The high costs and limited driving range that have so far hampered sales of electric vehicles (EVs) in the U.S. and elsewhere can be ascribed primarily to the priciest and heaviest component in the car, the battery. But what if electrical production and structural load-bearing functions could be combined?
If batteries could be integrated directly into car structures such as doors and body panels, EVs could weigh less and travel farther on a single charge, according to Emile Greenhalgh, a researcher at The Composites Center of Imperial College London (ICL). He led a three-and-a-half-year, $4.7-million collaborative project that was funded by the European Union to develop structural power storage technology for automobiles.
“We like to call it ‘massless energy,’” he said.
Volvo, one of eight industrial and research organizations that took part in the EU storage project, recently demonstrated in an S80 sedan a prototype underhood plenum panel—a structural member below the windshield wipers—that is made of carbon-fiber composites that contain lithium-ion batteries. The dual-function device, which was developed at Swerea SICOMP, a nonprofit institute in Piteå, Sweden, that specializes in polymer-fiber composites research, replaces the small conventional battery for the mild-hybrid Volvo’s stop-start system.
“The new plenum demonstrates that it can also replace both the rally bar, a strong structural piece that stabilizes the car in the front, and the start-stop battery,” Volvo said in a statement. “This saves more than 50% in weight and is powerful enough to supply energy to the car’s 12-V system.”
Completely substituting such in-built technology for an electric car’s existing battery components could reduce vehicle weight by more than 15%, Greenhalgh said. For a city car, halving the weight typically doubles the range. Practical structural power “also gets the batteries out of the engine compartment and where they can sit out in the airflow for cooling,” he noted.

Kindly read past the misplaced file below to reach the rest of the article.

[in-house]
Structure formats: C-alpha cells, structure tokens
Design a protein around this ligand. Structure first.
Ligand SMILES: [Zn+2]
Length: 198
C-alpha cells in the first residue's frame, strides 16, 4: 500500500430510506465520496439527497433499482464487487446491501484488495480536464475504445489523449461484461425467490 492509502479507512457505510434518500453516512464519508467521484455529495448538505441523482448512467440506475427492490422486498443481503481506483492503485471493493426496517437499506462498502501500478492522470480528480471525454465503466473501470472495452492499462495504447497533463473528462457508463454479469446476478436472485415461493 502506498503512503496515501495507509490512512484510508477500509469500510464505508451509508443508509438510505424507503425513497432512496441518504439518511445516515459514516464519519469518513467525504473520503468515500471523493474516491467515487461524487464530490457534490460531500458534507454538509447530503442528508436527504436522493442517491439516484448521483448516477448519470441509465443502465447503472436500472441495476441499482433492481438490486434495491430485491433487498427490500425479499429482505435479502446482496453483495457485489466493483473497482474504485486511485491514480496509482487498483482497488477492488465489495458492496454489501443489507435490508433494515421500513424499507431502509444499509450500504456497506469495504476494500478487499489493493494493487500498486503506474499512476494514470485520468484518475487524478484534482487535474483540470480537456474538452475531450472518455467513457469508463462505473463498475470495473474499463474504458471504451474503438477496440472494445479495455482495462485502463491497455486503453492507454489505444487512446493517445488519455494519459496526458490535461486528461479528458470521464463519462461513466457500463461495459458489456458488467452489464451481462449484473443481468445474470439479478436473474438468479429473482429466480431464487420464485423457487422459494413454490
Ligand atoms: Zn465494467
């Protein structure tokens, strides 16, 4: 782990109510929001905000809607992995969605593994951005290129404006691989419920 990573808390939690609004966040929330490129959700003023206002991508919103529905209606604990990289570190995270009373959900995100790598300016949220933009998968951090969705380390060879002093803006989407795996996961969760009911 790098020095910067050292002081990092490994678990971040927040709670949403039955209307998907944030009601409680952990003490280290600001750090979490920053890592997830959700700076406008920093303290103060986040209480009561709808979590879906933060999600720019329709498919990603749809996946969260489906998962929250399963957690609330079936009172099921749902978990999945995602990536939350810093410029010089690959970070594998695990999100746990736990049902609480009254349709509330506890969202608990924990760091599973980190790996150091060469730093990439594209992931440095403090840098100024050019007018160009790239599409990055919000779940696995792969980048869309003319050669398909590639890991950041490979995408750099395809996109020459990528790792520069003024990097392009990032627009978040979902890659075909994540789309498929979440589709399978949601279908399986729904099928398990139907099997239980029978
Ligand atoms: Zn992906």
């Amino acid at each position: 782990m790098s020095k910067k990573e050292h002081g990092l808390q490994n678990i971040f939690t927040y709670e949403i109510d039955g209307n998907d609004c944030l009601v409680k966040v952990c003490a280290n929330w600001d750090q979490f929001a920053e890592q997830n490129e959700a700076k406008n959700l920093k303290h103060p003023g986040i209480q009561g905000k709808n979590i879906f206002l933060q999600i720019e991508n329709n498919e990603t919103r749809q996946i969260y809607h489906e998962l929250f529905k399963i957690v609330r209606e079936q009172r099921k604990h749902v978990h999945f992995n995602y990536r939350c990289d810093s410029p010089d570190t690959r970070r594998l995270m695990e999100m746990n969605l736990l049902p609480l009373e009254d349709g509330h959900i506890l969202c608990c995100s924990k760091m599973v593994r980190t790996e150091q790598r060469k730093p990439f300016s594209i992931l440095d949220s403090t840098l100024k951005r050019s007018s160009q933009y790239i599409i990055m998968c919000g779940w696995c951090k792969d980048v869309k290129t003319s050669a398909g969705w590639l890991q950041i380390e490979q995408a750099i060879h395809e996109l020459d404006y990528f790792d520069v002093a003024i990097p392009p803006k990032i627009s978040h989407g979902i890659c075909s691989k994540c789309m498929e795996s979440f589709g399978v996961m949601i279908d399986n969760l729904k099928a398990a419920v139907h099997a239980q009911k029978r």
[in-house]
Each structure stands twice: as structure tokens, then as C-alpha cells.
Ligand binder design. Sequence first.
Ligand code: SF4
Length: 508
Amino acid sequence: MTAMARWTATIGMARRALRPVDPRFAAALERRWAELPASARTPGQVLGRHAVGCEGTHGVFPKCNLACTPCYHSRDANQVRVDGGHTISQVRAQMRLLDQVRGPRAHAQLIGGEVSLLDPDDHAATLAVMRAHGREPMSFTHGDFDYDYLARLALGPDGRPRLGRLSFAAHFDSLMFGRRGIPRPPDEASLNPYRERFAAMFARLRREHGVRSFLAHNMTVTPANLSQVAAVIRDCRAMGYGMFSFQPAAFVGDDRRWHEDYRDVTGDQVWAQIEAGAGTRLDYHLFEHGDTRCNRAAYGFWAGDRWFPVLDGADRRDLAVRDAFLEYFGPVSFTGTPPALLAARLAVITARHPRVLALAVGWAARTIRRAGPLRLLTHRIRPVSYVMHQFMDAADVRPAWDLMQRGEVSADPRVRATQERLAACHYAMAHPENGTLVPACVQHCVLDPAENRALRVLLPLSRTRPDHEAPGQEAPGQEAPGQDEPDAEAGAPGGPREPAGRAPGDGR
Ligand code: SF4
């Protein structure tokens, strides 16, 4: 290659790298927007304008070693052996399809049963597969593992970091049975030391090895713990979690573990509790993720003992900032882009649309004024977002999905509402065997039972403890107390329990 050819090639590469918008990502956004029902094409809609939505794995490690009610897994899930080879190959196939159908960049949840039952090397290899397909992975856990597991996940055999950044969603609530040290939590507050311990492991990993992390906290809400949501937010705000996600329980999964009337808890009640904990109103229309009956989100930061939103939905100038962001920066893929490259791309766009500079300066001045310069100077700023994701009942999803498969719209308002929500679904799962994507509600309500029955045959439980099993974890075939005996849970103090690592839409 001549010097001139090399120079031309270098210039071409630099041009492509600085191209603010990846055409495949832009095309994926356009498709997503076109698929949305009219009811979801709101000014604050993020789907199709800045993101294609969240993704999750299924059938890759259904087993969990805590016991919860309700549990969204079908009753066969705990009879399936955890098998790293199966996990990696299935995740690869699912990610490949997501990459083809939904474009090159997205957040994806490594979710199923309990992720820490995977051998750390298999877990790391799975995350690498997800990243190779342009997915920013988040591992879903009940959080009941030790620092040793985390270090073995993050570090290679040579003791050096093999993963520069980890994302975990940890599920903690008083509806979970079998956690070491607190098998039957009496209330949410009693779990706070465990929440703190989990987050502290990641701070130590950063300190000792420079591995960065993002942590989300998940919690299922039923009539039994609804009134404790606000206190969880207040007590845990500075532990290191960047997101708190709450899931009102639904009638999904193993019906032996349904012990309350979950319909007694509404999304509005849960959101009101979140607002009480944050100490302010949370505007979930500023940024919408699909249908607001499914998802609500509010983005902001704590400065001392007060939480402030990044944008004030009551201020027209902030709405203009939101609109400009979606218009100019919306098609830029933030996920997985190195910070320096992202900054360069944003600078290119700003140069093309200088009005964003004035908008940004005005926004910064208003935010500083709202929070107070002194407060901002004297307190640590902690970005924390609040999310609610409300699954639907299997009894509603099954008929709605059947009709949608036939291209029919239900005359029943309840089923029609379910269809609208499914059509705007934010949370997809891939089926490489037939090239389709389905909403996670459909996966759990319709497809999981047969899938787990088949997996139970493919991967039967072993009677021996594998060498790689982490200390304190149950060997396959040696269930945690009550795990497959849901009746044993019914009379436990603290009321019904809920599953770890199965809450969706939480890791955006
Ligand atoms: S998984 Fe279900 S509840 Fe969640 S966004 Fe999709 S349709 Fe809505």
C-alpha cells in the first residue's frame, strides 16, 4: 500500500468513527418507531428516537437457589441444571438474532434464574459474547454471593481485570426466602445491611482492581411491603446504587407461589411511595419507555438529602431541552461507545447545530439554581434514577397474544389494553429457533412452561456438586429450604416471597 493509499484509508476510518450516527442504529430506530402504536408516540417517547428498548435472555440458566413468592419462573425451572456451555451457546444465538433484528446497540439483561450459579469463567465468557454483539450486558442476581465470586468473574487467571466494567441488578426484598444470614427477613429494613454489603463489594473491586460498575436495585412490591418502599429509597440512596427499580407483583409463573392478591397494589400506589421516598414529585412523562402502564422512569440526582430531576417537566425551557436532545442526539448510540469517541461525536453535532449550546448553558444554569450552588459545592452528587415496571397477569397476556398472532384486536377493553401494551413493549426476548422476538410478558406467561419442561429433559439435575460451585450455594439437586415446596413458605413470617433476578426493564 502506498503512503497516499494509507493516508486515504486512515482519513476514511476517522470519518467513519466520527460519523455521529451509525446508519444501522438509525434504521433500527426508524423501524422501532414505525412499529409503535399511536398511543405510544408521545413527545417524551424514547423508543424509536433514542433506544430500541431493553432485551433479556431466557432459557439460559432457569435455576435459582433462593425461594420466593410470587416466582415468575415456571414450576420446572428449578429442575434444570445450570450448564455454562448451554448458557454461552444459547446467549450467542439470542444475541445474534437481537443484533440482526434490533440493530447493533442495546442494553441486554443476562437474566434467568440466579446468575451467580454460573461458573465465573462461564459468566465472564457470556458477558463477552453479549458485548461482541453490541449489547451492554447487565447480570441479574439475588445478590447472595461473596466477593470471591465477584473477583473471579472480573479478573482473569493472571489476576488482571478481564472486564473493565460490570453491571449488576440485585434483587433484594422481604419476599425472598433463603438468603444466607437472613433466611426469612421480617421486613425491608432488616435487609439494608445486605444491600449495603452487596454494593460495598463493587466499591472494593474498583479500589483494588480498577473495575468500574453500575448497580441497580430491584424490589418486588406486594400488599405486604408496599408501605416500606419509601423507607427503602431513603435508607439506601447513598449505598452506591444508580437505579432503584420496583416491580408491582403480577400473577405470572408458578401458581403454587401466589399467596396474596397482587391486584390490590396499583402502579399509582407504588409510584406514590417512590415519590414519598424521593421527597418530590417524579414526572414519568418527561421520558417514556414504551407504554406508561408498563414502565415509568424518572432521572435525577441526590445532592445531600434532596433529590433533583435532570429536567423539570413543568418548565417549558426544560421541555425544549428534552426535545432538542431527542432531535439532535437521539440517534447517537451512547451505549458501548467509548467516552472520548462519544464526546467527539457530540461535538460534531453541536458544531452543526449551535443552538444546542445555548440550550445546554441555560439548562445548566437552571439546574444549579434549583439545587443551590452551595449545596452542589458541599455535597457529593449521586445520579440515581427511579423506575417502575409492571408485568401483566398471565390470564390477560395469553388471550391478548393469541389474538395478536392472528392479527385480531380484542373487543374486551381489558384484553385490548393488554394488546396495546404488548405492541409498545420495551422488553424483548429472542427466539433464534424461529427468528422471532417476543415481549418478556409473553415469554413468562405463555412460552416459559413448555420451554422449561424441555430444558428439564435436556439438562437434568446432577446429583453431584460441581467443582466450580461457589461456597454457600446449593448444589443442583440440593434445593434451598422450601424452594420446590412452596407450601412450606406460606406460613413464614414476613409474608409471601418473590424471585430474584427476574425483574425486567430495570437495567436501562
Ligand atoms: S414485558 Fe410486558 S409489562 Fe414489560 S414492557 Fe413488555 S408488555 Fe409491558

The automotive structural battery prototype in the S80 is built using electrochemical cells composed of stacks of electrically active carbon fibers, said Leif Asp, head of research at Swerea SICOMP. The embedded cells, which were developed by a team of five professors and 10 PhD candidates, are made of rows of commercial PAN-based carbon-fiber anodes that are coated first with a 20-micron-thick (787-µin) coating of an electrically isolative but ion-permeable polymer electrolyte, followed by a similar thin layer of lithium oxide (1.5 atom% Li) that serves as the cathode, he said. Both the thin-film cathode coating and the activated carbon-fiber anodes are connected electrically in parallel to form a circuit, and all is bound together and encased by a thermoset epoxy matrix.
“In 2007 we had something of a breakthrough,” Asp recalled, “when we succeeded in showing that we could treat commercially available carbon fibers and fabrics and get reasonable electrical performance.”
The interdisciplinary team “had to find carbon fibers that were most suitable” and then learn to use ion-intercalation, polymer synthesis, and other methods to introduce the lithium charge carriers, enhance the fibers’ surface area, as well as improve multifunctional performance.
The SICOMP group estimates that the current design could reach specific energy (volume and mass) levels of at least 400 W·h/L and 180 W·h/kg. The structural batteries have good performance, Asp said, “because the electrodes are separated by a very short distance” that enhances ion conduction.